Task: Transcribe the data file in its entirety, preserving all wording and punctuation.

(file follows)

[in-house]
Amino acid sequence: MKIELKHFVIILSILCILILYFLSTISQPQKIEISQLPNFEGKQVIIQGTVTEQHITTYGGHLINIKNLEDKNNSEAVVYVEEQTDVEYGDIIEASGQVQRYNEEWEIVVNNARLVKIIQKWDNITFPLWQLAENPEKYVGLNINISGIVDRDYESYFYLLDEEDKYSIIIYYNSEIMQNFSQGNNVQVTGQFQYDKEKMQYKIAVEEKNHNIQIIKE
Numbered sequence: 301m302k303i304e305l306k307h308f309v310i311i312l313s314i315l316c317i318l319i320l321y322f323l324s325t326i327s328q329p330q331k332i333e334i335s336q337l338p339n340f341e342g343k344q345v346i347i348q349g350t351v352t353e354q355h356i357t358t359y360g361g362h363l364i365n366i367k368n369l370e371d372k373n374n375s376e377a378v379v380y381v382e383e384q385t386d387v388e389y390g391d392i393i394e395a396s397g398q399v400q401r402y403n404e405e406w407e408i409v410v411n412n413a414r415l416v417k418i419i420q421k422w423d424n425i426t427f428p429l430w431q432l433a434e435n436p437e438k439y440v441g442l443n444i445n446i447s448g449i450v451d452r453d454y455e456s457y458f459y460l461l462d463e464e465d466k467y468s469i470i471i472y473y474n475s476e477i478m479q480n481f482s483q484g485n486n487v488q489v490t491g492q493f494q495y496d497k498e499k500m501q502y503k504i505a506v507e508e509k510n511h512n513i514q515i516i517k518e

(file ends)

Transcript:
[in-house]
Amino acid sequence: MKIELKHFVIILSILCILILYFLSTISQPQKIEISQLPNFEGKQVIIQGTVTEQHITTYGGHLINIKNLEDKNNSEAVVYVEEQTDVEYGDIIEASGQVQRYNEEWEIVVNNARLVKIIQKWDNITFPLWQLAENPEKYVGLNINISGIVDRDYESYFYLLDEEDKYSIIIYYNSEIMQNFSQGNNVQVTGQFQYDKEKMQYKIAVEEKNHNIQIIKE
Numbered sequence: 301m302k303i304e305l306k307h308f309v310i311i312l313s314i315l316c317i318l319i320l321y322f323l324s325t326i327s328q329p330q331k332i333e334i335s336q337l338p339n340f341e342g343k344q345v346i347i348q349g350t351v352t353e354q355h356i357t358t359y360g361g362h363l364i365n366i367k368n369l370e371d372k373n374n375s376e377a378v379v380y381v382e383e384q385t386d387v388e389y390g391d392i393i394e395a396s397g398q399v400q401r402y403n404e405e406w407e408i409v410v411n412n413a414r415l416v417k418i419i420q421k422w423d424n425i426t427f428p429l430w431q432l433a434e435n436p437e438k439y440v441g442l443n444i445n446i447s448g449i450v451d452r453d454y455e456s457y458f459y460l461l462d463e464e465d466k467y468s469i470i471i472y473y474n475s476e477i478m479q480n481f482s483q484g485n486n487v488q489v490t491g492q493f494q495y496d497k498e499k500m501q502y503k504i505a506v507e508e509k510n511h512n513i514q515i516i517k518e